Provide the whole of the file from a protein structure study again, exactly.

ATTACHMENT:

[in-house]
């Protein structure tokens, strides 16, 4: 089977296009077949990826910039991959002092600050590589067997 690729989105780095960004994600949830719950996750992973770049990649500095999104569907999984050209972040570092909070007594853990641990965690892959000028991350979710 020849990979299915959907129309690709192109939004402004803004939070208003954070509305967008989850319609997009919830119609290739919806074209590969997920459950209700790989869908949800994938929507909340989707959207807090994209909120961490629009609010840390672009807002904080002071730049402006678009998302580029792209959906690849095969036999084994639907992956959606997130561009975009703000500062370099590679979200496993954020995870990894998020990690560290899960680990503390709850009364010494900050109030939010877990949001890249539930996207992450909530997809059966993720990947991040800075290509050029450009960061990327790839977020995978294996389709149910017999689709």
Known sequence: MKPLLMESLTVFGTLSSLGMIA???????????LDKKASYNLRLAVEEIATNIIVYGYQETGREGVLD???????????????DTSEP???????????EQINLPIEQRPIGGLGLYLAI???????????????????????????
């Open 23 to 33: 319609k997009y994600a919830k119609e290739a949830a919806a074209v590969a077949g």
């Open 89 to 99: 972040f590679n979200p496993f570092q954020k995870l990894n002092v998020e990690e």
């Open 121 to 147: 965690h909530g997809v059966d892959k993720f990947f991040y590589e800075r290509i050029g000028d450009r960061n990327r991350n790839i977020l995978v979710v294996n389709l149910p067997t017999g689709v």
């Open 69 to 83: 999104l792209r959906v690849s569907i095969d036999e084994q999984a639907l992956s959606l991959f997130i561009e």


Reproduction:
[in-house]
């Protein structure tokens, strides 16, 4: 089977296009077949990826910039991959002092600050590589067997 690729989105780095960004994600949830719950996750992973770049990649500095999104569907999984050209972040570092909070007594853990641990965690892959000028991350979710 020849990979299915959907129309690709192109939004402004803004939070208003954070509305967008989850319609997009919830119609290739919806074209590969997920459950209700790989869908949800994938929507909340989707959207807090994209909120961490629009609010840390672009807002904080002071730049402006678009998302580029792209959906690849095969036999084994639907992956959606997130561009975009703000500062370099590679979200496993954020995870990894998020990690560290899960680990503390709850009364010494900050109030939010877990949001890249539930996207992450909530997809059966993720990947991040800075290509050029450009960061990327790839977020995978294996389709149910017999689709």
Known sequence: MKPLLMESLTVFGTLSSLGMIA???????????LDKKASYNLRLAVEEIATNIIVYGYQETGREGVLD???????????????DTSEP???????????EQINLPIEQRPIGGLGLYLAI???????????????????????????
């Open 23 to 33: 319609k997009y994600a919830k119609e290739a949830a919806a074209v590969a077949g």
């Open 89 to 99: 972040f590679n979200p496993f570092q954020k995870l990894n002092v998020e990690e």
């Open 121 to 147: 965690h909530g997809v059966d892959k993720f990947f991040y590589e800075r290509i050029g000028d450009r960061n990327r991350n790839i977020l995978v979710v294996n389709l149910p067997t017999g689709v």
């Open 69 to 83: 999104l792209r959906v690849s569907i095969d036999e084994q999984a639907l992956s959606l991959f997130i561009e």